The light bulb still hasn't popped on for you. I know what you're thinking. You think I am saying no more than Romans 8: all things work together for good. Yes, that's true. But out text says something more, not just all things but evil things in their evilness work for our good. Our text says clergymen got together to murder Christ, to murder God in flesh and blood. They only want to stop Jesus, punish Jesus, hurt Jesus. That's all they have in mind. They only want to see a tortured, humiliated, dead Jesus hanging on a cross.

And God lets them do what they want. Just like God might let evil men punish, torture, and humiliate you. Just like God might let evil disease hurt, harm, and kill you. Just like God might let Satan persecute, torment, and chase you. But what comes from the Jesus killed without mercy? Mercy, grace, and peace, forgiveness, life and salvation, Baptism, Absolution, Communion and every other blessing. From an evilly tortured, murdered, dead Jesus comes blessings unimaginable. No artist has ever pictured the chalice of Communion or the font of Baptism being filled by water or blood cushing from the side of a risen Jesus. They don't even show it flowing from a dying Jesus. No, such precious blessings only flow from a dead Jesus.

If God can work such good from such evil, the worst evil ever plotted by Satan and carried out by evil men, surely He can work good through the evil that evil men plot against me! If God can bring life and salvation from Christ's tortured body, than He surely won't fail to bring good from the disease that tortures my body! If God can defeat the devil by allowing the devil to carry out his most heinous plan, than surely whatever evil the devil is hatching in my life can only work for my good! Blick!

There's one more light to switch on. This is the most difficult because we all think this light doesn't need to be turned on: Jesus dies in place of all people. But we think otherwise in the recesses of our heart. That's why when we're suffering, we think we're somehow being paid back for our sins. We think, act, and feel as if there is still something left to be paid on our note, as if Jesus didn't pay the full amount, but cried, "It's almost finished," Or, "It's close to being finished." If I really believed that Jesus died for all, I would not think when I hear of particularly evil people suffering, "See, they're getting what they deserve." When I believe that, I'm really saying that when Jesus cried, "It is finished," He really meant, "It is finished for some people."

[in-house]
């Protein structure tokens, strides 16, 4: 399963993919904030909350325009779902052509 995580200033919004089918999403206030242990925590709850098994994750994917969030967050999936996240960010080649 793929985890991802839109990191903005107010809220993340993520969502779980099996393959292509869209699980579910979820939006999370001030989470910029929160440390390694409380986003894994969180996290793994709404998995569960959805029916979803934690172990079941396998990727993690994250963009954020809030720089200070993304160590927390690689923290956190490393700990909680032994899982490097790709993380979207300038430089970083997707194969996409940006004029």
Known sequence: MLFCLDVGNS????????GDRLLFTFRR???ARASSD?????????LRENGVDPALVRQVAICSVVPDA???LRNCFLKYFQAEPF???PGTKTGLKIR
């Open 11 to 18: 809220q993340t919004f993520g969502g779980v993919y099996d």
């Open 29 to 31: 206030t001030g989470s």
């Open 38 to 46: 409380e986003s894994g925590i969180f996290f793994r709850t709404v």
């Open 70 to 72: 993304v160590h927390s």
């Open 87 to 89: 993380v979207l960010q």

You see they don't have faith going on like I do. They don't have religion going on like I do. But neither our text or any other Scripture says that Jesus died for believers. If you think that, the light hasn't and won't won't blick on. You'll put all the comfort, all your hope in that word faith. And that's not where it belongs. Let me show you why not.

Isaiah says, "All of us like sheep have gone astray... But the Lord has caused the iniquity of us all to fall on Him." Romans 5 teaches us, "Though one failure by Adam, condemnation came to all people, so also through one righteous act, acquittal came to all people." And Romans 5 says that Christ died for the ungodly, for those still His enemies. II Corinthians 5 teaches us, "In Christ God reconciled the world to Himself by not counting their sins against them." I John 2 says "Jesus is the atoning sacrifice for our sins, and not only ours but also for the sins of the whole world."

None of those passages mention the word "faith", do they? Faith is the means by which we receive the forgiveness Christ won for all. But focus on the deed and in the Word all, focus on what One did for all not in the fact that you believe it. Why? Because your believing is weak and sporadic at best. Your believing is marred by doubts and questions. What God does is sure and certain.

Blick the light pops on. If Christ suffered and died for all, than I must be included, indeed I can't be excluded. If a group of us goes to Luby's and one pays for all, there can be do doubt that I'm included. I can't protest that it might not be for me. I can't try to pay for myself because even Luby's won't let you pay for a bill twice. It wouldn't be honest. It would screw up their books. Could our God be less honest than Luby's? Could heaven's books be less accurate then theirs?

Blick. Even though I never see a miracle, even though I continue to see leading clergymen plotting against Christ, even though I see evil relentlessly stalking me, none of this takes away from what Christ did for all including me. Everything looks different in light of that. Amen.

Rev. Paul R. Harris

Trinity Lutheran Church, Austin, Texas

Fifth Sunday in Lent (3-13-05); John 11: 47-53